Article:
Forging African Communities: Mobility, Integration and Belonging.
Edited by Oliver Bakewell and Loren B. Landau
London: Palgrave Macmillan, 2018,321 pp.
Through human mobility, identities and communities are forged. This is the central message of Forging African Communities, and the editors use the metaphor of the "forge" deliberately, playing with the words double meaning. First, to forge is to build or create, "transform[ing] ... existing material into new, potentially unrecognizable forms that nonetheless build on past histories" (3). This sense highlights the emergence of new possibilities, while also acknowledging the continued importance of what came before. But to forge is also to fake, falsify, and misrepresent--actions that, the editors argue, are "often central to migrants' experiences and strategies" (4). Both senses of the metaphor imply agency: as they move across multiple sites and scales, people actively make and remake communities and themselves.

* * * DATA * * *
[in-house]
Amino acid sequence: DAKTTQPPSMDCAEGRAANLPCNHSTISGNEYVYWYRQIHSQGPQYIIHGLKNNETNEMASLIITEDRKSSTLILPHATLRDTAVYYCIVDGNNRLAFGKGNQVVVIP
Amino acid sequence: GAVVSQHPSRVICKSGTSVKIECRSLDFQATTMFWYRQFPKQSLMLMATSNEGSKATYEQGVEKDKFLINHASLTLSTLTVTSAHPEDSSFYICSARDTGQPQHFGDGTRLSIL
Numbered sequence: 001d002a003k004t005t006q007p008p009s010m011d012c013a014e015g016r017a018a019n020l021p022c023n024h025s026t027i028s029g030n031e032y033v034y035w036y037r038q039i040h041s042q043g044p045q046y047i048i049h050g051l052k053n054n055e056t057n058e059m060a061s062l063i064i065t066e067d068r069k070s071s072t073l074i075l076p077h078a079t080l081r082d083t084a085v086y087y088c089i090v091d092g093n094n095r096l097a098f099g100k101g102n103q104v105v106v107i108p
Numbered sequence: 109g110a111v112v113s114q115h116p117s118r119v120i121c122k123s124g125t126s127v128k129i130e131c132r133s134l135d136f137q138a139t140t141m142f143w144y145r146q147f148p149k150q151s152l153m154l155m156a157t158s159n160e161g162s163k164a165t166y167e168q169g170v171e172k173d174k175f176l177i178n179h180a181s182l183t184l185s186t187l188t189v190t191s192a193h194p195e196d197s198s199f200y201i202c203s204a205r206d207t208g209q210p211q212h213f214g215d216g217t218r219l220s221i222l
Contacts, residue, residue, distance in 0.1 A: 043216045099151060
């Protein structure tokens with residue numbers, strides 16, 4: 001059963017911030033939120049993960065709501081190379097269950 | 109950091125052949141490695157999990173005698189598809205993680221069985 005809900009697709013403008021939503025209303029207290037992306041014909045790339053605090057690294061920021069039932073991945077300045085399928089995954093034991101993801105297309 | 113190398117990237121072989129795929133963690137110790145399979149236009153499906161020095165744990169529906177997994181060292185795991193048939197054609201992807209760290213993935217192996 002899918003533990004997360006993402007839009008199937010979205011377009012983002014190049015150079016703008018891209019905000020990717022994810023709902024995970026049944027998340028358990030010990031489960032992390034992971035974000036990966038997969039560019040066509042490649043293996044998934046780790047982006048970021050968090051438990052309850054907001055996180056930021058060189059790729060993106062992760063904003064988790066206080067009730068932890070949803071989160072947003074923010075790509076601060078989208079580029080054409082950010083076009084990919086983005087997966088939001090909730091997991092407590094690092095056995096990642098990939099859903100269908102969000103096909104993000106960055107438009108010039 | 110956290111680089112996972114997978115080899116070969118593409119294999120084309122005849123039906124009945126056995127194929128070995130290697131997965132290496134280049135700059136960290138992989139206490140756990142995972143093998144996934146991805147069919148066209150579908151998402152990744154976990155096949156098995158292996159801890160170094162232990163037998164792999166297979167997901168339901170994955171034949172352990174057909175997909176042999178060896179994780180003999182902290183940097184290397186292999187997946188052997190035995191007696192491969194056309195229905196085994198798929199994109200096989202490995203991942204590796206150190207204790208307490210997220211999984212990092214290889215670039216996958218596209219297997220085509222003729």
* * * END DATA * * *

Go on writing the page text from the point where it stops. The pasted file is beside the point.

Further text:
This edited volume presents pieces from scholars across a variety of disciplines--including development studies, demography, sociology, and anthropology--that illustrate community building and self-making through mobility in African contexts. Africa, the editors suggest in their introduction, holds particular relevance for this kind of exploration because the fragility of states and formal institutions on the continent means that people are especially likely to move and integrate in informal ways that are poorly understood and often overlooked. This premise aligns with the book's focus on looking beyond official policies to examine empirically how migrants actually join communities, and how members of host communities participate in this process.